When Value World Travel went out of business in November 2015, quite a lot of people lost their air tickets with various airlines. Many were those who had booked tickets with Air India too. Often, such bookings were made many months in advance when airfares were very cheap. After Value World fiasco, people did not have any booking and were required to book again. The airfares had gone up by 2 to 2.5 times by then. While no other airline did anything to alleviate the difficulties these passengers were facing, Air India did something which was unexpected. It was definitely a kind gesture. It offered re-booked tickets at the SAME price at which the original tickets were booked months earlier. I am aware that this gesture from Air India was hugely appreciated by the victims. When I met Air India manager in Sydney on an unrelated occasion, and enquired about it, I was pleased to hear his response. He said, “Air India is India’s national airline and its HEART is Indian. We share the pain and distress of Indians whenever and wherever it happens and try to do what we can do to help them.”
I travel with Air India, which is my favourite airline. I have always found their services to be great. I have many positive experiences, which I will write about one day.
I received this email (below) yesterday from Western Union Australia, which might be helpful to some people who are travelling to India. Please contact Western Union for further clarifications, if necessary.
Dear Dr Yadu Singh,
It will be great if you can share this with all your followers on twitter and FB as we are trying to help our customers in best possible way during this time.
We have activated a large number of agents who should be able to payout in cash to customers. In fact a lot of post offices in India are well equipped to payout cash and have no shortage of funds. The customers can always be advised to try out any of the head post offices in the city if they are unable to get cash at other locations.
Customers have an option to receive the entire amount in his bank account, the agent in India can either issue an account payee cheque to the customer or transfer the funds electronically in receivers bank account. With ATM network significantly improving, customer once has the money is his bank account can withdraw it from an ATM.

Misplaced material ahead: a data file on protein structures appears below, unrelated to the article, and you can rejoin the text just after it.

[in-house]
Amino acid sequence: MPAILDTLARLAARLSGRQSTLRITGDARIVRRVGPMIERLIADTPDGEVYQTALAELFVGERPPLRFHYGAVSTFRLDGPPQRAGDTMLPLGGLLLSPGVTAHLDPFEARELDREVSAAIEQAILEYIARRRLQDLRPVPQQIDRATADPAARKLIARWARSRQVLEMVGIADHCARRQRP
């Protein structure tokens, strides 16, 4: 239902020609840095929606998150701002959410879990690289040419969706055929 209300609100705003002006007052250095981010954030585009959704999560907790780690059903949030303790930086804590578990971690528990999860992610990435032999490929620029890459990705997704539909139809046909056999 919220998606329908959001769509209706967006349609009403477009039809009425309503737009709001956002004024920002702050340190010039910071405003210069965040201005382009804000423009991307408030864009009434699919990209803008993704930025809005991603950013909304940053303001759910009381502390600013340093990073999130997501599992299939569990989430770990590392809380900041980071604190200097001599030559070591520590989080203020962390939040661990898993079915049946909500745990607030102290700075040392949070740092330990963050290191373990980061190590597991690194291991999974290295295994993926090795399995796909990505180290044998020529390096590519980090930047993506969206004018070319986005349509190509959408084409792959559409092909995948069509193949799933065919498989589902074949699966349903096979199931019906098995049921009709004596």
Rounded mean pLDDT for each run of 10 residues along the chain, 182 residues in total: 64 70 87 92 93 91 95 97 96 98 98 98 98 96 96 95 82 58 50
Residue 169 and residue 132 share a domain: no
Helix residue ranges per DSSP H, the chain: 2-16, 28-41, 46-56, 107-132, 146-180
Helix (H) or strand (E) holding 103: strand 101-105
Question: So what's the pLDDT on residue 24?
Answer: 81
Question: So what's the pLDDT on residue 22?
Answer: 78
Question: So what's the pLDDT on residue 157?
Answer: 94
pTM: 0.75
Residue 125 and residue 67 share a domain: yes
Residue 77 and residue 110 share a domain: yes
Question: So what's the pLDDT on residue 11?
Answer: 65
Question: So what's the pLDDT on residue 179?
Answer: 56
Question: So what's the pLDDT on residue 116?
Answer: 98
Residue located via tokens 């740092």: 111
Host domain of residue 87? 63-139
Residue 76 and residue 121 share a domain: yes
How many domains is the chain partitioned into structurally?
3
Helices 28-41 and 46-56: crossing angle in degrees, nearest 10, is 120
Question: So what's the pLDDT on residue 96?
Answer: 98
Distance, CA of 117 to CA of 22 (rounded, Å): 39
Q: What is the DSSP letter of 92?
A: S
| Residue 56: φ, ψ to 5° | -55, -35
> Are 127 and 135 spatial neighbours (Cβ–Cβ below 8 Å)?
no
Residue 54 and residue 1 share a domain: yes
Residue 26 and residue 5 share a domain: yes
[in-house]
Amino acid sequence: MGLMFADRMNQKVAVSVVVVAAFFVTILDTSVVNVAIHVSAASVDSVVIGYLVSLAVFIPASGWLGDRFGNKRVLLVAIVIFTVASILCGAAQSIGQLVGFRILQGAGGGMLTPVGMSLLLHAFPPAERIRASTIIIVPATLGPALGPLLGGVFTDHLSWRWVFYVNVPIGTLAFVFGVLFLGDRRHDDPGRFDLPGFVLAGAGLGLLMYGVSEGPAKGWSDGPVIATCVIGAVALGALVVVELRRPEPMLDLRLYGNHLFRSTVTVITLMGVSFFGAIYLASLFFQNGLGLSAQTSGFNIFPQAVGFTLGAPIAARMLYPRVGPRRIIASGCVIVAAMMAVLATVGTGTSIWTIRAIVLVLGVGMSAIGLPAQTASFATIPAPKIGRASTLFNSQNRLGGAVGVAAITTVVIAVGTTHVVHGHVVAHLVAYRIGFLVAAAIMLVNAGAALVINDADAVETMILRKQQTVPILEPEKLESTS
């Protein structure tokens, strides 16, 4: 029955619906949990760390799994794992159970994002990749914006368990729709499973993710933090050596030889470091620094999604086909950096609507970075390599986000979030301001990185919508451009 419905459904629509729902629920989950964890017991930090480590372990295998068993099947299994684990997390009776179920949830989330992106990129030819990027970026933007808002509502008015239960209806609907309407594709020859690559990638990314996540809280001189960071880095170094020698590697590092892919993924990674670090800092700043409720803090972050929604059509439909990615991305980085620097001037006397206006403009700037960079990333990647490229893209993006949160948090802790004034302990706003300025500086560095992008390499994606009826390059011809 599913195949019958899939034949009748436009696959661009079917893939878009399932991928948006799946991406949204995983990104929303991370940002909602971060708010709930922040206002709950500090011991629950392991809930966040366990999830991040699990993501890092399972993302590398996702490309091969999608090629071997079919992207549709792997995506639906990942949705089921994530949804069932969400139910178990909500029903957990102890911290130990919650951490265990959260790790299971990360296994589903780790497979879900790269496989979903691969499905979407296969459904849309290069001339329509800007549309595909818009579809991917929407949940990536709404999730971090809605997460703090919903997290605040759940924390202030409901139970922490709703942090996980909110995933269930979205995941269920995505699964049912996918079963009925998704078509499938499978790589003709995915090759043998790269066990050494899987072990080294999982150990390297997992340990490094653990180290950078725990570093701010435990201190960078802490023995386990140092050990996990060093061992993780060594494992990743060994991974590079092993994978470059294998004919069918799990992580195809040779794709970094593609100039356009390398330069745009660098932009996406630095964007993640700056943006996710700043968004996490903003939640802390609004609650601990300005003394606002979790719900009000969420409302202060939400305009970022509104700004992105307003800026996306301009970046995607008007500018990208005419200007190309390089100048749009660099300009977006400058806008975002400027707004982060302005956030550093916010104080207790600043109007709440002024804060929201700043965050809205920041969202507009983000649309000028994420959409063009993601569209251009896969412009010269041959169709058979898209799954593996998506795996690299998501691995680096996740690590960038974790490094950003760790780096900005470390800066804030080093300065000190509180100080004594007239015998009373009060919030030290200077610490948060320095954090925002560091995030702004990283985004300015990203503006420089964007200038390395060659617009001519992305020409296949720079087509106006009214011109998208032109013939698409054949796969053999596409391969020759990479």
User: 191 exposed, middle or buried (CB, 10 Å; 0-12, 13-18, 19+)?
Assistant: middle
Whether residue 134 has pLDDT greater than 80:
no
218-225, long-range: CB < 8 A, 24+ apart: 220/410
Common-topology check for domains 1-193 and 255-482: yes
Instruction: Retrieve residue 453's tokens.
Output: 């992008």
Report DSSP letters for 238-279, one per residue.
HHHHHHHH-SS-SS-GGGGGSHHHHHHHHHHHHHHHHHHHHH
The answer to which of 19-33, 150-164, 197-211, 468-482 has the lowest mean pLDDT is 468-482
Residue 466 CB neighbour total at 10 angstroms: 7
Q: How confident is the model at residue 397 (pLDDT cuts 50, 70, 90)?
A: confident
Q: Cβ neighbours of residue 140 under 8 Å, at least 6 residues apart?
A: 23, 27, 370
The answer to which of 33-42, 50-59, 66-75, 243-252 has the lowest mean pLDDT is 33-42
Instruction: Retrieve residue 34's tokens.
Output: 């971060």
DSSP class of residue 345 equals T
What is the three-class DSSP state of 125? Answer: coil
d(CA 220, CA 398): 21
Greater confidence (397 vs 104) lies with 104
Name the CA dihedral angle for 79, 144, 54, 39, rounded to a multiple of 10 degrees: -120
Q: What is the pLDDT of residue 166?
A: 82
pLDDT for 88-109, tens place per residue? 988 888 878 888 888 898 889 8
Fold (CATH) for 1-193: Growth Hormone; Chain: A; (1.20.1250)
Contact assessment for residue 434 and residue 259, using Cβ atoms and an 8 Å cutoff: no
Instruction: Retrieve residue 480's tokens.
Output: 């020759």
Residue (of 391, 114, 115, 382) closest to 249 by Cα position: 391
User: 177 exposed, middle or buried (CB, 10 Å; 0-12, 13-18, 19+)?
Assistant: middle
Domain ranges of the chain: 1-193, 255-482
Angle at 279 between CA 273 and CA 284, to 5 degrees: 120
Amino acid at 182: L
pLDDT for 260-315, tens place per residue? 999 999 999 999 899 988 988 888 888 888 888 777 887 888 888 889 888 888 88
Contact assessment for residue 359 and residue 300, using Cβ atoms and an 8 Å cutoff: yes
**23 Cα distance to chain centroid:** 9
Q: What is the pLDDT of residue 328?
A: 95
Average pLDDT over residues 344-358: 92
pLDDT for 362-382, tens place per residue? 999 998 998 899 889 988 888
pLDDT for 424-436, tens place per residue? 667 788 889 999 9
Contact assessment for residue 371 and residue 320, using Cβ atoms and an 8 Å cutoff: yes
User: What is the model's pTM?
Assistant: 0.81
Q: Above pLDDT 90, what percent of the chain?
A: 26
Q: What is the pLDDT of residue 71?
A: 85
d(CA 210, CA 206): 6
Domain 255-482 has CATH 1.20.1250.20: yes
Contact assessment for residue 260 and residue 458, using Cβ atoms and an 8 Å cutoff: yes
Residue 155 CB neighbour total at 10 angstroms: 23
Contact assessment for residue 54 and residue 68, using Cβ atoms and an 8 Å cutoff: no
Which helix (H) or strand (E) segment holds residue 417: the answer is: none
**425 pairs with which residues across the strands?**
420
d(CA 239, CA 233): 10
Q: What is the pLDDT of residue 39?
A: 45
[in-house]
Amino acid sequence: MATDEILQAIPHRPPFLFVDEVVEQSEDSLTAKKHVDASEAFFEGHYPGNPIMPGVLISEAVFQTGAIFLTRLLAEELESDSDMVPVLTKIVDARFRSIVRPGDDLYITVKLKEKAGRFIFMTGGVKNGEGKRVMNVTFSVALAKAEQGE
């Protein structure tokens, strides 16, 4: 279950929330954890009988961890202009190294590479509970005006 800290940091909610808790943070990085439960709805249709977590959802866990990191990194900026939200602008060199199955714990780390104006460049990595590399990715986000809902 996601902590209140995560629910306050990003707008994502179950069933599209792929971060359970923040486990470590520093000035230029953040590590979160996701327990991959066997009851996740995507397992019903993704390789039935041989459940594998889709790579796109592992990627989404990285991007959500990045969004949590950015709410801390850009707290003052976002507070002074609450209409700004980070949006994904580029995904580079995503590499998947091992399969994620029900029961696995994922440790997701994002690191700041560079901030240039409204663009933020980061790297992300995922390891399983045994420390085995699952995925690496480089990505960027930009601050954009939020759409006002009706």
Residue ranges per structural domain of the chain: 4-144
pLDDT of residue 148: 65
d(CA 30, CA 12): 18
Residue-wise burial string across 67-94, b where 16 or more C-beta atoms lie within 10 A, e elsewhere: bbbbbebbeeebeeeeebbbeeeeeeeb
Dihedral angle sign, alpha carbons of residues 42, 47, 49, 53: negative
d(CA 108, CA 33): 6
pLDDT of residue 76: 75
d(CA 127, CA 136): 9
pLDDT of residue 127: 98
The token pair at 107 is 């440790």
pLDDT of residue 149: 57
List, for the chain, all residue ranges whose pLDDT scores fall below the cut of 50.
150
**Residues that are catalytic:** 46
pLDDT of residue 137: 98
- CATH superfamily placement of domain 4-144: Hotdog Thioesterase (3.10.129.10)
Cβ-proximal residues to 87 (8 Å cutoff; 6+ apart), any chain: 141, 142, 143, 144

Effective 19th Nov, we have also introduced a part payment feature by which the customer can receive some part of the payment in cash and balance through cheque. This will ensure that customers get some cash immediately for his urgent needs and balance amount can come to his bank account.
Please note that Western Union is the only remittance company that has a tie up with India Post.
Article from Times of India newspaper reproduced fully.
The government has formed an inter-ministerial committee to look into concerns expressed by NRIs, tourists from abroad and foreign missions over demonetisation, the ministry of external affairs said on Thursday.
TNN | Updated: Nov 18, 2016, 03.02 AM IST
Government has formed a panel to look into concerns of foreign tourists over demonetisation
Panel will look into concerns of NRIs holding Indian currency.
(A Russian tourist pose with a new Rs 2000 note in New Delhi. (AP photo)
NEW DELHI: The government has formed an inter-ministerial committee to look into concerns expressed by NRIs, tourists from abroad and foreign missions over demonetisation, the ministry of external affairs said on Thursday.
While foreign missions had sought MEA’s intervention to facilitate smooth collection of consular and visa fee and to allow them access to more funds, NRIs, money exchange associations, and foreign tourists abroad too have expressed concern about the difficulties being faced by them.